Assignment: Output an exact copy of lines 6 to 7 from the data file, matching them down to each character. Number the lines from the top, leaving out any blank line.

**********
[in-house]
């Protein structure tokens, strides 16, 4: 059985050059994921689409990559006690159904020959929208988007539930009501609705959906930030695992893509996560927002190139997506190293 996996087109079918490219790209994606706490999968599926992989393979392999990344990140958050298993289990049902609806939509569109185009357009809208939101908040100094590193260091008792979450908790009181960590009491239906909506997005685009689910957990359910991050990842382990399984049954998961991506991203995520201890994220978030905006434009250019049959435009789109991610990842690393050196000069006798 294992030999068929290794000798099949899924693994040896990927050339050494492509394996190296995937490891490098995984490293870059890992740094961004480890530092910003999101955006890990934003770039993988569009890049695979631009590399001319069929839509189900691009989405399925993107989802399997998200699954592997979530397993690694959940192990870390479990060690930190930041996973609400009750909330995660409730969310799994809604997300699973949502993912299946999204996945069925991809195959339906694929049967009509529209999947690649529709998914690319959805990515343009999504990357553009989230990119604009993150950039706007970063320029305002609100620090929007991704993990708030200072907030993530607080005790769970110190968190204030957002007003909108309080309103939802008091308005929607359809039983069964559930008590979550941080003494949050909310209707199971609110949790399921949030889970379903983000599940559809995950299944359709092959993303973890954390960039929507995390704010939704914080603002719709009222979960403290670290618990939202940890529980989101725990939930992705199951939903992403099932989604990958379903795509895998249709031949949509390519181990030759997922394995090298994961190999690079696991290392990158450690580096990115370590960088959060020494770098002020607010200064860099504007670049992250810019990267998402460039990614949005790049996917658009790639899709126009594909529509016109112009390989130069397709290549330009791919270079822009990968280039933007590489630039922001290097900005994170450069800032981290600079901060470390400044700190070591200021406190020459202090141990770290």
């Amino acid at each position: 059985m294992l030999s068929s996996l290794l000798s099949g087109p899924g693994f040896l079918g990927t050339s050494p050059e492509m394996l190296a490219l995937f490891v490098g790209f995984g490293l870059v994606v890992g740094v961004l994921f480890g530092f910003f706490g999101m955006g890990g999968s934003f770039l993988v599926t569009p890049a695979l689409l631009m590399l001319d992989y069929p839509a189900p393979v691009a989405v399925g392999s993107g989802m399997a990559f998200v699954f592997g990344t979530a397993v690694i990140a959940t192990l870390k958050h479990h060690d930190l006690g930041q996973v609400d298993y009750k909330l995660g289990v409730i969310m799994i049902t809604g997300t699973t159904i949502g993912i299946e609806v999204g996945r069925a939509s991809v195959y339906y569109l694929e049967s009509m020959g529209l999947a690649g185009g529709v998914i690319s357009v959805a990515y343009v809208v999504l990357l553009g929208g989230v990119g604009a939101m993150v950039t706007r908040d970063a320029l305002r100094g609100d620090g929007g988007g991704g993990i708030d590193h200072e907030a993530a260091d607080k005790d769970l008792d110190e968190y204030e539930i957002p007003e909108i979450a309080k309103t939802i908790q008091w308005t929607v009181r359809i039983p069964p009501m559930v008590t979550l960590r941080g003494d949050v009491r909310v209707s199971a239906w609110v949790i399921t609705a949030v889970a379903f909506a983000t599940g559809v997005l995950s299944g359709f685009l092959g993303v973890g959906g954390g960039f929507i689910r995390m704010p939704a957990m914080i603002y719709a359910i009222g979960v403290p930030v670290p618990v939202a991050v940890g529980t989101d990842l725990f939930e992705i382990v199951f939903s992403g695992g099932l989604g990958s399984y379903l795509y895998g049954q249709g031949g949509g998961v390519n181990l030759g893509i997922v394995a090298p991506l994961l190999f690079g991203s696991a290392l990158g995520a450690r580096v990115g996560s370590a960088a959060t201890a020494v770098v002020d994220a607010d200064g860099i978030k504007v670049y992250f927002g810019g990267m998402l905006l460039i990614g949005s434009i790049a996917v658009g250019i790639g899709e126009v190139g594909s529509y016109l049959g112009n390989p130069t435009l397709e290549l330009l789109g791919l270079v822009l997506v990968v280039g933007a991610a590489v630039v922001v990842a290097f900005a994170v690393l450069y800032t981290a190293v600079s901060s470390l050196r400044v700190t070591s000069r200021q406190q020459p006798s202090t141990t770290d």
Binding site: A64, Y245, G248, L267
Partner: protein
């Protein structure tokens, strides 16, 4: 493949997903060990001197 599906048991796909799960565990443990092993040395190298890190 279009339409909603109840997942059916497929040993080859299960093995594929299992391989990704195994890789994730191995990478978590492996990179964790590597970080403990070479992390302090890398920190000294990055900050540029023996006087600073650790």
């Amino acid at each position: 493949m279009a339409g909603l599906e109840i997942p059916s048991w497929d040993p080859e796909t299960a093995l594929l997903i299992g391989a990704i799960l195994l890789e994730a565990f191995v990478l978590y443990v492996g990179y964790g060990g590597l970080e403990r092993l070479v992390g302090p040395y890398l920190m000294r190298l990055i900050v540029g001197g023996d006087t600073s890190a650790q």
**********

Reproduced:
């Protein structure tokens, strides 16, 4: 493949997903060990001197 599906048991796909799960565990443990092993040395190298890190 279009339409909603109840997942059916497929040993080859299960093995594929299992391989990704195994890789994730191995990478978590492996990179964790590597970080403990070479992390302090890398920190000294990055900050540029023996006087600073650790």
């Amino acid at each position: 493949m279009a339409g909603l599906e109840i997942p059916s048991w497929d040993p080859e796909t299960a093995l594929l997903i299992g391989a990704i799960l195994l890789e994730a565990f191995v990478l978590y443990v492996g990179y964790g060990g590597l970080e403990r092993l070479v992390g302090p040395y890398l920190m000294r190298l990055i900050v540029g001197g023996d006087t600073s890190a650790q």